The electronic duo shimmer in moments big and small at the House of Blues
If the current EDM scene is characterized by rattling bass, chaotic drops and marathon sets, Darkside might be the anti-EDM. It's understandable that the duo, composed of Nicolas Jaar and Dave Harrington, often falls under the EDM umbrella, but Darkside's show Sunday night at the House of Blues wasn't the run of the mill electronic set. It was odd, inconsistent and jarring, but starkly original, grand and inimitable.
Jaar and Harrington occupy a strange corner of the dance music scene, where it's okay to break down a song into its most shapeless, danceless form in lieu of back-to-back big moments. That may not sit so well with some fans of the genre, and Darkside's show was a little divisive in the packed club. It was a few minutes into the show until anything resembling a traditional dance beat came in, and throughout, those beats disappeared without notice — as if your heart stopped beating — to give way to experimental ambience. It's not a total curveball from someone like Jaar, who's always walked a line between dance and ambient that they blurred radically on Darkside's debut album Psychic. That style takes the archetypical EDM structure of build up, drop, repeat, and scrambles it.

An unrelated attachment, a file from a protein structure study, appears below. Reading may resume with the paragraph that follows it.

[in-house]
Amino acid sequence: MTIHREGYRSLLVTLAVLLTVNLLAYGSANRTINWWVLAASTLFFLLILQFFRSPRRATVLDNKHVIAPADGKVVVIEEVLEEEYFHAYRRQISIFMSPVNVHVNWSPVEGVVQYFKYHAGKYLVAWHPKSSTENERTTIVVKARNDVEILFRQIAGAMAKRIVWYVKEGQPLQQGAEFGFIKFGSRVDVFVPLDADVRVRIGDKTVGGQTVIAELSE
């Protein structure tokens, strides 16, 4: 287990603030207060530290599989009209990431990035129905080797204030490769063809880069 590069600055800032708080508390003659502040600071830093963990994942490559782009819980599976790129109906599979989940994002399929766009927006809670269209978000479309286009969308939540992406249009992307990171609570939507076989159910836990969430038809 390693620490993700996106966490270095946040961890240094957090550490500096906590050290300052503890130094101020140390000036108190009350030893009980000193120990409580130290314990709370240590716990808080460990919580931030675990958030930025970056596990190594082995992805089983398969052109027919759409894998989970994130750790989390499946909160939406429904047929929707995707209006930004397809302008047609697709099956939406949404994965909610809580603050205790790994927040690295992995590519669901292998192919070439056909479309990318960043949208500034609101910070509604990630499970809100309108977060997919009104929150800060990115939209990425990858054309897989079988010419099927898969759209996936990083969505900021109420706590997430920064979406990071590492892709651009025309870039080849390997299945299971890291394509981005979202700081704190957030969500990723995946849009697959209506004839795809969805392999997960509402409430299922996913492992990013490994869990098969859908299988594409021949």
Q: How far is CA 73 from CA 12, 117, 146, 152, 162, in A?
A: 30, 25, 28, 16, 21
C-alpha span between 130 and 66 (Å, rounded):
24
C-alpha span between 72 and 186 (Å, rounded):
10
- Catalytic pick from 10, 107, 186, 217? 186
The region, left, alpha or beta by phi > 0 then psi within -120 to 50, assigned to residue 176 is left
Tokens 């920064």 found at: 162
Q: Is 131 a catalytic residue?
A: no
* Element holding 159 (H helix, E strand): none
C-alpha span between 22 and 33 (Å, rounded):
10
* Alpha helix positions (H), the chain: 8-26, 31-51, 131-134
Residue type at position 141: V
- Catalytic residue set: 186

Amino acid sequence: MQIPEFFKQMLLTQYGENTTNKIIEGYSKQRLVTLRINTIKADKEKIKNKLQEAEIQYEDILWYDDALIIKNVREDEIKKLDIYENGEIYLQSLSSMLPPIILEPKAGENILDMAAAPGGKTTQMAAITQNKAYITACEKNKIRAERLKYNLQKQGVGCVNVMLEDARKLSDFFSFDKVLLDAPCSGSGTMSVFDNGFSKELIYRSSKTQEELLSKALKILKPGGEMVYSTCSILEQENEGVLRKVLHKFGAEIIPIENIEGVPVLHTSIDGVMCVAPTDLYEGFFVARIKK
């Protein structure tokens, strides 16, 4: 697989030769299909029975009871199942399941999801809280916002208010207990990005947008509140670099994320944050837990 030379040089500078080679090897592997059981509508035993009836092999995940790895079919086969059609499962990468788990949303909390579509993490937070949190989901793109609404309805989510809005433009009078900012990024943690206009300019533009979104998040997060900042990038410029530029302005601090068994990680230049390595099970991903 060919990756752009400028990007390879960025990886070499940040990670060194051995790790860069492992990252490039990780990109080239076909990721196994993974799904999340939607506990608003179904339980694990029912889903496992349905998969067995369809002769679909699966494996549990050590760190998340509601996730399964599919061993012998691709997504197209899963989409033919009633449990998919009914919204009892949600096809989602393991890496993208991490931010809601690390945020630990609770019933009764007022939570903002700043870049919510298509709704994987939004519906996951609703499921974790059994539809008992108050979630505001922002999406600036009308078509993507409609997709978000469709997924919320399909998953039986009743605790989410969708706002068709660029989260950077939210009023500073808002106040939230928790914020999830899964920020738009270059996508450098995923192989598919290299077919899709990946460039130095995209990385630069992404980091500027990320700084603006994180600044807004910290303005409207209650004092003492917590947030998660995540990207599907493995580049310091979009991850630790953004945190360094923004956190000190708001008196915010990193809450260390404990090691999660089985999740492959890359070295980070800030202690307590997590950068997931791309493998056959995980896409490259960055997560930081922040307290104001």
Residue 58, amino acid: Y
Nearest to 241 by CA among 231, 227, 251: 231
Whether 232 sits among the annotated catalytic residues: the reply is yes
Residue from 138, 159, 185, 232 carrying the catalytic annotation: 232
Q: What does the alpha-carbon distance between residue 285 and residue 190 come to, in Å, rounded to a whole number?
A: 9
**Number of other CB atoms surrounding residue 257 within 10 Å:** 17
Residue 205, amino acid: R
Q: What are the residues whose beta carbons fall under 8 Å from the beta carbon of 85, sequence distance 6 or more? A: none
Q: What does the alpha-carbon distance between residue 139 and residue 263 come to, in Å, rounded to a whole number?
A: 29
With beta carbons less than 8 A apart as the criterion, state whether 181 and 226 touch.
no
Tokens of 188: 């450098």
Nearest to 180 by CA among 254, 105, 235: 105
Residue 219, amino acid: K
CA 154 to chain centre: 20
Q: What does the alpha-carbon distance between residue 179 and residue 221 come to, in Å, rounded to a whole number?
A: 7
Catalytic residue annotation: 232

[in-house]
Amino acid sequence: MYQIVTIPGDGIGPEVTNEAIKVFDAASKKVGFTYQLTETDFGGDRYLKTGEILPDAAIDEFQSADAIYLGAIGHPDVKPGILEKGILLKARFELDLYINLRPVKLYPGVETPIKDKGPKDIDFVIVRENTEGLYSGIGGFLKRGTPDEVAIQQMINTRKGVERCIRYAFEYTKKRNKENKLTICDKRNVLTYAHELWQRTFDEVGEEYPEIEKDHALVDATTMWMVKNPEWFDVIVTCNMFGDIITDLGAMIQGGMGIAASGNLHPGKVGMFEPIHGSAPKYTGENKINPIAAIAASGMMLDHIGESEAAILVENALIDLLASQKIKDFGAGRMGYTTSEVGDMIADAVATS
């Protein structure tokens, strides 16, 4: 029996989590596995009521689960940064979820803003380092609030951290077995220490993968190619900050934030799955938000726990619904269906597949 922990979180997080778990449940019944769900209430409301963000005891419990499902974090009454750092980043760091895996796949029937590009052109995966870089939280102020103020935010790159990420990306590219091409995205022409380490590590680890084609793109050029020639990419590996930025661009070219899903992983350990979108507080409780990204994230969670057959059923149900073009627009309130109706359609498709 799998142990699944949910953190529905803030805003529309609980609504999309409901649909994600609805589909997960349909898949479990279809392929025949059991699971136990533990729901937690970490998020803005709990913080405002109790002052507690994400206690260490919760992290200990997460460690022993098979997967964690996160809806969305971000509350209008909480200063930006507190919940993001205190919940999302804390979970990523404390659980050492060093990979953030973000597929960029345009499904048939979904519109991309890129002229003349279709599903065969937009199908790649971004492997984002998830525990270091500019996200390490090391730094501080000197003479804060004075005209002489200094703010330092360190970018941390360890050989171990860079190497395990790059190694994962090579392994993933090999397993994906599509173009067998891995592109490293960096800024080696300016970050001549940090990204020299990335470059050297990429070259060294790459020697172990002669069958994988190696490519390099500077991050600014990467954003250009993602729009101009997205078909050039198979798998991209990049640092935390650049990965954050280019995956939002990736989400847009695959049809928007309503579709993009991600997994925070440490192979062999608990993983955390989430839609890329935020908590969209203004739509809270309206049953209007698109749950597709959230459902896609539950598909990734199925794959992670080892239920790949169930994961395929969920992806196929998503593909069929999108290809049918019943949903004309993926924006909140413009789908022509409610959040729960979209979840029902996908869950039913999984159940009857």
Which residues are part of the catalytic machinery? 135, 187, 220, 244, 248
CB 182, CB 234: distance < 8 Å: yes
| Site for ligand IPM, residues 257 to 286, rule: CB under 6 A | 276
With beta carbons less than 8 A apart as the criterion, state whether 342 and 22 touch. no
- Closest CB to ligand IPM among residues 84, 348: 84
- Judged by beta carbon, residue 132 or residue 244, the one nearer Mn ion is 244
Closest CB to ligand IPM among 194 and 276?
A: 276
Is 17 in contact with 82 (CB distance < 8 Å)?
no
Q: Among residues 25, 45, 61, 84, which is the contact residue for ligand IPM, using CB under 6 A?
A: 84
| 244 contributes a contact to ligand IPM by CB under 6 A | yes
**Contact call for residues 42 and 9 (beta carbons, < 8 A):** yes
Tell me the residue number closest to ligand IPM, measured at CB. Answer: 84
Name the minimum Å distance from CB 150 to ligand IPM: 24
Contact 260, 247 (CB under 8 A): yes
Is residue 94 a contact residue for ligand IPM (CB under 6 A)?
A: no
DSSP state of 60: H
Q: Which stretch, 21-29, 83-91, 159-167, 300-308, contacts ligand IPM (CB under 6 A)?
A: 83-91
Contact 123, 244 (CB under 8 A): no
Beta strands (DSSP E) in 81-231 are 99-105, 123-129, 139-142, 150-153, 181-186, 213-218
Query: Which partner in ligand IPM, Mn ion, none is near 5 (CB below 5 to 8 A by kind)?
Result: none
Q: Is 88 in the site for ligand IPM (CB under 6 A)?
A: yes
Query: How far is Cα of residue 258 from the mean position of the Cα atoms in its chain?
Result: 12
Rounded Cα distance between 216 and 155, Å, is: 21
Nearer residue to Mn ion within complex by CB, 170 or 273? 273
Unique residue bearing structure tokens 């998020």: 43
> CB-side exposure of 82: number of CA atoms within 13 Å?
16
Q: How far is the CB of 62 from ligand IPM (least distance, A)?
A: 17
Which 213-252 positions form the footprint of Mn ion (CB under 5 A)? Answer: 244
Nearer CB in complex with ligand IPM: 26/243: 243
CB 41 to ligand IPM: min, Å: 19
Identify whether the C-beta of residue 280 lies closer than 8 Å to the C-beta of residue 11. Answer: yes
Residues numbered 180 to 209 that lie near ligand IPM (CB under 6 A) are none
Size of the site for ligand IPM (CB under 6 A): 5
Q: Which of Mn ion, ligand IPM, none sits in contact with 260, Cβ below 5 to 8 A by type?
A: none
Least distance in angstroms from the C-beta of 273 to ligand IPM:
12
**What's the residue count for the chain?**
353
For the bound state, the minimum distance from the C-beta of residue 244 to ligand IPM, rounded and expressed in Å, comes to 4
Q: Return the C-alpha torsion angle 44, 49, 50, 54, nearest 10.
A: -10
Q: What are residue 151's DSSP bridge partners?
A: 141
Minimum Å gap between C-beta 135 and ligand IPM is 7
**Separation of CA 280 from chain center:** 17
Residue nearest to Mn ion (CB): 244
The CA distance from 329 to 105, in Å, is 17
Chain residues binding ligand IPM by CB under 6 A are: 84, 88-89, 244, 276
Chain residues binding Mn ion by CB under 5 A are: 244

The amalgamation may work better live than in studio. Darkside's performance routinely reached jaw-dropping levels of awe, with a tremendous version of the album single "Paper Trails." It's one of Darkside's most accessible tunes — making it that much more impressive to hear the song transform from soulful and slow-burning to gigantic and engulfing.
A moment like that could seem tarnished or cheapened by the rhythmless meditation that often followed, but it became apparent those moments were integral to the standout counterparts. Hearing songs fall apart before they hit an intense stride is like seeing a painter's messy studio apartment before beholding the masterpiece. The art means something more when you see the work put into it, the torment behind the brush strokes.
Darkside was masterful at creating mood, accompanied by an entrancing, one-of-kind light show. A giant mirror slowly rotated behind the duo at times, with a circle of light reflecting as some kind of vortex where the most cacophonous moments sounded closer to pure expression than the up-tempo bouts of bliss. Harrington has toured and collaborated with Jaar for years, and Sunday's show made it clear why the two have made the marriage official. The sublime juxtaposition only worked because of Jaar and Harrington's back and forth, further asserting the duo as an innovative force clearing space for itself in a loud, crowded genre that should take a hint.